Doctor insights on:
Handling Umbilical Cord Prolapse Condition
Emergent care: If possible, the effect of the prolapse is reduced, which can require a hand be pushed up the birth canal to prevent the head from pressing against the placenta. I have known this to happen inside an ambulance heading to the hospital. An emergency C-section delivers the baby from above. Failure to keep the head off the placenta stops blood flow and suffocates baby. ...Read more
In umbilical cord prolapse, the cord slips ahead of the presenting part of the fetus and protrudes into the cervical canal or vagina, or beyond. It constitutes an obstetrical emergency because the prolapsed cord is vulnerable to compression, umbilical vein occlusion, and umbilical artery vasospasm, which can compromise fetal ...Read more
Umbilical prolapse: In umbilical cord prolapse, the cord slips ahead of the presenting part of the fetus and protrudes into the cervical canal or vagina, or beyond. It constitutes an obstetrical emergency because the prolapsed cord is vulnerable to compression, umbilical vein occlusion, and umbilical artery vasospasm, which can compromise fetal oxygenation prior to birth. ...Read more
C- section delivery: When recognized, one member of the staff will be positioned beneath the patient with a hand pushing up on the head of the baby to keep it from compressing the cord. The rest of the team readies the patient for an emergency c-section. ...Read more
Umbilical cord prolapse caused a 30 second lack of oxygen to the baby during delivery. Will the baby be okay?
Only 30???: I am reluctant to accept the initial statement as realistic. Once a cord begins to prolapse it can produce an intermittent but complete obstruction to blood flow that may add up to a significant o2 deficit over time. I'm not sure anyone can estimate the insult accurately. If only 30, probably no long term effect. If low 1/5/10 min apgars and seizures in the 1st 24hr, it was longer and more problemat ...Read more
Pregnancy ended at 5 mths w/preterm delivery. Pprom & cord prolapse a cause. Testing ovulation via strips for 5 mths, but no "smiley". This normal?
28wks pregnant. Found out at ob appt today baby is footling breech. Ob wants to monitor cervix fortnightly. Is this dangerous? Scared of cord prolapse?
OK to monitor: Though I wouldn't be so concerned about your cervix unless it were open or if there were concern about preterm labor, it is reasonable to regularly see your obstetrician for prenatal care. Ultrasounds to evaluate your baby's position and switch from breech to cephalic are important and just b/c it's breech now doesn't mean it'll be breech later. See your doctor ASAP if you have pain/discharge. ...Read more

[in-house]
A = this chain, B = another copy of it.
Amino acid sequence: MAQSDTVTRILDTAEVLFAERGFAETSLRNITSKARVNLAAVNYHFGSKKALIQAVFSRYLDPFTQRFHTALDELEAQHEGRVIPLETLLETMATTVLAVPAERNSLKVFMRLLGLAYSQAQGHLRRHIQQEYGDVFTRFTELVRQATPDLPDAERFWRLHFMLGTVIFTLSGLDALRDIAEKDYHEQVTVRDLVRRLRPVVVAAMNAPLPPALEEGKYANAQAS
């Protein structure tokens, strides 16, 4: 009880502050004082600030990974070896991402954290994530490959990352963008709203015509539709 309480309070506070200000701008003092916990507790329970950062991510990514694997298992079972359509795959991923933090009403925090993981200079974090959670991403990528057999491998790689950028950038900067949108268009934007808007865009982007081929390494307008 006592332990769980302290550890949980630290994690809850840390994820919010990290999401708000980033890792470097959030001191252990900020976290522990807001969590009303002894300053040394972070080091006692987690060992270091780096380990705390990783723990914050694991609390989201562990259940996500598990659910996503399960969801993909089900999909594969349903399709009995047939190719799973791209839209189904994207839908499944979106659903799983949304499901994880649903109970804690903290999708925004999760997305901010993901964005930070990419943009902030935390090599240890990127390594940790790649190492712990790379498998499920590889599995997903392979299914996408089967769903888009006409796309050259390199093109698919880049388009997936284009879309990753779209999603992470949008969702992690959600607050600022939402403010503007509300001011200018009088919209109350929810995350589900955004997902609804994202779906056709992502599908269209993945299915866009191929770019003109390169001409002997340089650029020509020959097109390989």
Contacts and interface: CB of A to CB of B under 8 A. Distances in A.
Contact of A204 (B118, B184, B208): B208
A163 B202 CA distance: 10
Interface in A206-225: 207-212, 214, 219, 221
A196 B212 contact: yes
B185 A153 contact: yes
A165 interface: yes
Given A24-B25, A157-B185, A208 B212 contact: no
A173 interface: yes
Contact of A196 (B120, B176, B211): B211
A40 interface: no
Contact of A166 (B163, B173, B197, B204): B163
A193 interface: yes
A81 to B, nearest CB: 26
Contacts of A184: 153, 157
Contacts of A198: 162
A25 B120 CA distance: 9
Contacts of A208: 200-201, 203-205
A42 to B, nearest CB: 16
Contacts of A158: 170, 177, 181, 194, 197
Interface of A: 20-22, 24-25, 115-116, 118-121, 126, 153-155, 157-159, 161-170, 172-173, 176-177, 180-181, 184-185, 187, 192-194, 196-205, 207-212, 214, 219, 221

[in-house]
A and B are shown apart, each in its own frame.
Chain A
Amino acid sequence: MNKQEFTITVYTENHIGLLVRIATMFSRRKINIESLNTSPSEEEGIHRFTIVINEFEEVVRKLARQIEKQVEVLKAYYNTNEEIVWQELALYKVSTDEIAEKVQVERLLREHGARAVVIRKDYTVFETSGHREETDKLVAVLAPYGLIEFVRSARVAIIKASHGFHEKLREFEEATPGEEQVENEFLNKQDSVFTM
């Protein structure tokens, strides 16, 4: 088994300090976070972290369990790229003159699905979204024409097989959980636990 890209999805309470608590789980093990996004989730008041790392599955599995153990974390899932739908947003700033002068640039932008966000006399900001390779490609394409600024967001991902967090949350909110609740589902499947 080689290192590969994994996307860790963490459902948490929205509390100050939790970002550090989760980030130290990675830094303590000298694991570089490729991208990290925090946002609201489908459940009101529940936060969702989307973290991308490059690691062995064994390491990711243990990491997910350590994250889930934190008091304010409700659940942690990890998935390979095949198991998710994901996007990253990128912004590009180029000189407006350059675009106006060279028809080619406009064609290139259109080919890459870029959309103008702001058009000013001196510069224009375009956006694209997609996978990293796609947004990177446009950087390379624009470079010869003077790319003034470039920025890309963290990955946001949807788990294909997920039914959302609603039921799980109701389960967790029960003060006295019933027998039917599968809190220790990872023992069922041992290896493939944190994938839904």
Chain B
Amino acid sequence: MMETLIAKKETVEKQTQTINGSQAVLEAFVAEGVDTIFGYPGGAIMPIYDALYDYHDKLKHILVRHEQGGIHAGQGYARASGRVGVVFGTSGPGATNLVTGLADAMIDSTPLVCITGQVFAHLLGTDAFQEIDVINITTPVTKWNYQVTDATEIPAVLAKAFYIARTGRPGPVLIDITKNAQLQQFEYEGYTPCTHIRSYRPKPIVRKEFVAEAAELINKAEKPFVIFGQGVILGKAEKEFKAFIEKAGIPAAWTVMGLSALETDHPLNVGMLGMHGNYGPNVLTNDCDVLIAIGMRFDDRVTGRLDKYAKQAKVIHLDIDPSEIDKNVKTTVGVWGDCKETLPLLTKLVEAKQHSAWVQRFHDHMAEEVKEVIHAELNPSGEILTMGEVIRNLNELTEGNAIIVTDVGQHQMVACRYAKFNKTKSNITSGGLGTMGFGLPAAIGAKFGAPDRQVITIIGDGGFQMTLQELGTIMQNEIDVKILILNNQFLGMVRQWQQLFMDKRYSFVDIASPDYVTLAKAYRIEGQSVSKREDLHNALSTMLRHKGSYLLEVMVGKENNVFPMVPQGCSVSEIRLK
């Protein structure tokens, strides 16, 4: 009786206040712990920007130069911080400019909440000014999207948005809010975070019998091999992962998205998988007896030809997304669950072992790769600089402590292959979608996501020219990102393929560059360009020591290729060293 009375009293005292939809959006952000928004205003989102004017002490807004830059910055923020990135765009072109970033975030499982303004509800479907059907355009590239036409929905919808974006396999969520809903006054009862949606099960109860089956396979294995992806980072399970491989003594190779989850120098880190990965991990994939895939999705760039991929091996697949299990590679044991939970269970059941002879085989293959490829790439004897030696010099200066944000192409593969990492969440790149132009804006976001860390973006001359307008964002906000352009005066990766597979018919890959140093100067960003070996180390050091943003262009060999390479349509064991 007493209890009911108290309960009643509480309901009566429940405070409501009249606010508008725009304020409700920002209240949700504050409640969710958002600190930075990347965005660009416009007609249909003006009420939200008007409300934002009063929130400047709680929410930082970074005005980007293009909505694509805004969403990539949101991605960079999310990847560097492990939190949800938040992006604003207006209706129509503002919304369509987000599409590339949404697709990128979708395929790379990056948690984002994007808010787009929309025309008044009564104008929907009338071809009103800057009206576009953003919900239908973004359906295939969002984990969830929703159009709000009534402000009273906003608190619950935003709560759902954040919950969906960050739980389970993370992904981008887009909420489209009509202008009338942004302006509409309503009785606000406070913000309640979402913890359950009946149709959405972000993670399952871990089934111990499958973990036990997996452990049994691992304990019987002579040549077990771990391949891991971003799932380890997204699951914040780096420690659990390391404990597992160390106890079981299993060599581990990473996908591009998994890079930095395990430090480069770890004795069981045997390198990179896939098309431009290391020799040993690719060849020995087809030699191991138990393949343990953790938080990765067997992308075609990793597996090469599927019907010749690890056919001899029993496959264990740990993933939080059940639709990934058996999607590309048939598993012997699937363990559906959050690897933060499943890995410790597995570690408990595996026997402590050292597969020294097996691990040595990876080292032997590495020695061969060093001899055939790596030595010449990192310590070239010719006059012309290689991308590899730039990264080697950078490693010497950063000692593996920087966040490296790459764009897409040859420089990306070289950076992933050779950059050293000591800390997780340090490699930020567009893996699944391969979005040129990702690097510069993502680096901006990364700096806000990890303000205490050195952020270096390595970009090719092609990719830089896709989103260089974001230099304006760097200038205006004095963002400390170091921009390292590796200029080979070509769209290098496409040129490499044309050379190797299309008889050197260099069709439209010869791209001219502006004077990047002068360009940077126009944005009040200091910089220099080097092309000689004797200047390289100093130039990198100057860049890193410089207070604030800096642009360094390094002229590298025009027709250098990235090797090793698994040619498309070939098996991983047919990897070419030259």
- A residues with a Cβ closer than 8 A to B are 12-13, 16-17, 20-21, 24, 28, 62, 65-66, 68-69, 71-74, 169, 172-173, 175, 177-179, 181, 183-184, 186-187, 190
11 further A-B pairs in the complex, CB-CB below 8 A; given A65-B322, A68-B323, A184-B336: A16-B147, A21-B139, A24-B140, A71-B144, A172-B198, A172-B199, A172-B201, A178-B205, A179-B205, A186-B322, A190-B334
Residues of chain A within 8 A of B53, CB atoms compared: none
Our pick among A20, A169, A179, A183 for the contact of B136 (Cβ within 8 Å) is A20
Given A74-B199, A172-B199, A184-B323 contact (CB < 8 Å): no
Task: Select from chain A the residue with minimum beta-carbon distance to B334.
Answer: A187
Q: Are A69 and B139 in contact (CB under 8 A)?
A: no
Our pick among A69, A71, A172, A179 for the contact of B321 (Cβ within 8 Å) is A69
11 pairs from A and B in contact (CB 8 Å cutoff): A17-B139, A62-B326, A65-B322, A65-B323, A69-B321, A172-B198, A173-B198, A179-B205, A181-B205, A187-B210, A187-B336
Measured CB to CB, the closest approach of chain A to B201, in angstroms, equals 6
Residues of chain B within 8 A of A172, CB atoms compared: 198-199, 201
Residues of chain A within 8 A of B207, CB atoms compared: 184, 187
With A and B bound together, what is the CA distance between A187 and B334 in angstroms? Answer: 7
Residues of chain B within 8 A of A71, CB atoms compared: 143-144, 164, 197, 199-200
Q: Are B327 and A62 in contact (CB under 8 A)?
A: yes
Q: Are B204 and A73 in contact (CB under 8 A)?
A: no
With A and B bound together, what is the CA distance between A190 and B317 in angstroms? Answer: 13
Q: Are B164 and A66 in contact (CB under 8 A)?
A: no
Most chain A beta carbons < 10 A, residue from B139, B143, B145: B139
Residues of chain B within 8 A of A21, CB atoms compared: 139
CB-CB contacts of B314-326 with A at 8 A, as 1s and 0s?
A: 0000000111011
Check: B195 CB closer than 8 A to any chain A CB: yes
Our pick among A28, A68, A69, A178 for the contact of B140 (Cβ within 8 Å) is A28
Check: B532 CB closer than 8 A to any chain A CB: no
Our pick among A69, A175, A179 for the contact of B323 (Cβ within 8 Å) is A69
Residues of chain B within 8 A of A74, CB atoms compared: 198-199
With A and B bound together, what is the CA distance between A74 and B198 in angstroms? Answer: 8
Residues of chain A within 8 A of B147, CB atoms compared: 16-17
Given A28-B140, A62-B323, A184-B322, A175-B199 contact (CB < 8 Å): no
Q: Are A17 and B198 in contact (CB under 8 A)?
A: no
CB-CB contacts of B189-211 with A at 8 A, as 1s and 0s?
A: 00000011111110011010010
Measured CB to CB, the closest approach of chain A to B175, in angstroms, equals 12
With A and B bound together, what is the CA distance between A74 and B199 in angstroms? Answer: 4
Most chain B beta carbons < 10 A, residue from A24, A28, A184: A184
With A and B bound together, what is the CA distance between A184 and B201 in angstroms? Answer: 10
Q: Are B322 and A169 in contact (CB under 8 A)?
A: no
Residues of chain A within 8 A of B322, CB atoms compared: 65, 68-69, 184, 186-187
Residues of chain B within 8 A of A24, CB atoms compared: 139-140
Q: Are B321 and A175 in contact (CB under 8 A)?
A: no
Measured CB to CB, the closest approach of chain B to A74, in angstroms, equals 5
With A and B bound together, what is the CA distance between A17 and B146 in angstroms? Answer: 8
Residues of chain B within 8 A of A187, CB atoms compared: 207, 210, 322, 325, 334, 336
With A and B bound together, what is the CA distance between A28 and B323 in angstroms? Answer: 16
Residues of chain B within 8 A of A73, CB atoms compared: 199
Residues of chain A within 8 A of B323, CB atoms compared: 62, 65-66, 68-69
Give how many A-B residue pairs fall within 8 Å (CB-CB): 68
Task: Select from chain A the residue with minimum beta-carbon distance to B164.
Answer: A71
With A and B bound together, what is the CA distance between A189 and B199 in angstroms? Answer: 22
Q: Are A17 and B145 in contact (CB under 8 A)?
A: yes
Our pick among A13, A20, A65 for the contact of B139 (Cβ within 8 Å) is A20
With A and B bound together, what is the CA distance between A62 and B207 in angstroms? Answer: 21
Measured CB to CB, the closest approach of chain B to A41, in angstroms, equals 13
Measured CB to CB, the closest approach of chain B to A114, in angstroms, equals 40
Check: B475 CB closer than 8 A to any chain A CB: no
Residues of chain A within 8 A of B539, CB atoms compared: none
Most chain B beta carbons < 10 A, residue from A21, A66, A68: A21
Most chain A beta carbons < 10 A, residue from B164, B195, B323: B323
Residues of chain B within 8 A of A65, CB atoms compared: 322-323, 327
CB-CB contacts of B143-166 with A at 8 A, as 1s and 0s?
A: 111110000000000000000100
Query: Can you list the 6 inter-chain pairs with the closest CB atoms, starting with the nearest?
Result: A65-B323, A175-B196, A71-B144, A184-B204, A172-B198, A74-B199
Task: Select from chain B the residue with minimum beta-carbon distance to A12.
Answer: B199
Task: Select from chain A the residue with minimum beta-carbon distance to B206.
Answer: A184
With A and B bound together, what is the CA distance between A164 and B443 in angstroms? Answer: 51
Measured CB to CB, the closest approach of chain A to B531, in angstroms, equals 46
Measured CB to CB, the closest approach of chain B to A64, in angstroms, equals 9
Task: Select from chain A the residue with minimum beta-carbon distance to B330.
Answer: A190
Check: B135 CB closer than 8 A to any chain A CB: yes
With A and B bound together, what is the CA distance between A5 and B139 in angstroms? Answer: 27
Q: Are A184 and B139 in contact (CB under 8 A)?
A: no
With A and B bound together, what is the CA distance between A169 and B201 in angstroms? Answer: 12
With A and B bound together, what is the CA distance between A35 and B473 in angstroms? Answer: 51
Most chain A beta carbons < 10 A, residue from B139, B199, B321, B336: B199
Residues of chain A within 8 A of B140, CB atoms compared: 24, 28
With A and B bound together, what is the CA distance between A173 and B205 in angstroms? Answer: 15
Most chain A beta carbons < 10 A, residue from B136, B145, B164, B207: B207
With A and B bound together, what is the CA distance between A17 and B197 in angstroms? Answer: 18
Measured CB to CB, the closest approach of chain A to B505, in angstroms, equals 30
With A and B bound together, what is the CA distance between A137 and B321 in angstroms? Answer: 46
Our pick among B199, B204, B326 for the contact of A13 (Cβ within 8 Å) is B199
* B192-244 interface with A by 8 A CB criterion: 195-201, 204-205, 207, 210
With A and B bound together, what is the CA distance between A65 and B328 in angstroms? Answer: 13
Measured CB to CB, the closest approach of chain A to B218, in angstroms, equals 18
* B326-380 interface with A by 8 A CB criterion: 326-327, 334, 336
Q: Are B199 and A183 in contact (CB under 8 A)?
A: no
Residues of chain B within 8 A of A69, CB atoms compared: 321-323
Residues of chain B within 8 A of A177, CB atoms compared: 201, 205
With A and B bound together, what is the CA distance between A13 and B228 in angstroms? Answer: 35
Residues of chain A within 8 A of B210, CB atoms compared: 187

My boyfriend & I have sickle cell anemia, our son will also inherit the disease. Should we wait until umbilical cord stops pulsating before clamping?
Doesn't matter: Sickle cell disease will affect his blood cells over time as they sickle with dehydration and illness, or as they live a shorter duration in the body. Generally there aren't any symptoms at birth, and nothing having to do with the cord will make a difference. In actuality, his fetal hemoglobin will be more protective from sickle cell, and treatments now focus on keeping fetal hemoglobin around. ...Read more
Not umbilical cord: You should get this checked. It is impossible to know without seeing it, but since the umbilical cord has long since dried up and has become a ligament running along the inside of your abdominal wall called the medial umbilical ligament, it is unlikely to be the cord itself, but it may be a remnant of something else. ...Read more
1 weeks: The umbilical cord usually falls off in the first 7-10 days. May take up to two weeks. If you were told to clean with alcohol, then do so once a day. Cleaning every diaper change with alcohol keeps it too clean and delays falling off. Once it falls off it will stink for a week or so. Then you can clean every change with alcohol. ...Read moreSee 1 more doctor answer
As long as it is in: Blood., it will also show up in the baby's cord blood. How long that is depends upon the particular substance involved. You will have to look that up online yourself. You should obviously not endangering your child's health by using illicit substances during pregnancy. Please get the help you need to stop doing that unless it happens to be an opiate to which case you need to seek specialized counseling at a clinic that specializes in that. Best wishes. ...Read more
Confusing question: If your? Is about a umbilical hernia in an infant, the response depends somewhat on the size & age of the infant. They are common & most self heal as the child's abdominal muscles become stronger with age. By 1-2 yrs most have disappeared. Those that are very large or tend to trap intestinal contents may need to be fixed, but most will wait to see if the improve with age. ...Read more
Yes: Normally the cord comes off between 1-2 weeks. ...Read more
It depends.: The appearance of the umbilicus (bellybutton) ultimately becoming an "outy" or an "inny" depends on how much of the stump remains on the baby after severing the cord, and how much of it survives. The more stump that is left and survives, the more likely it is to become an "outy". ...Read moreSee 1 more doctor answer
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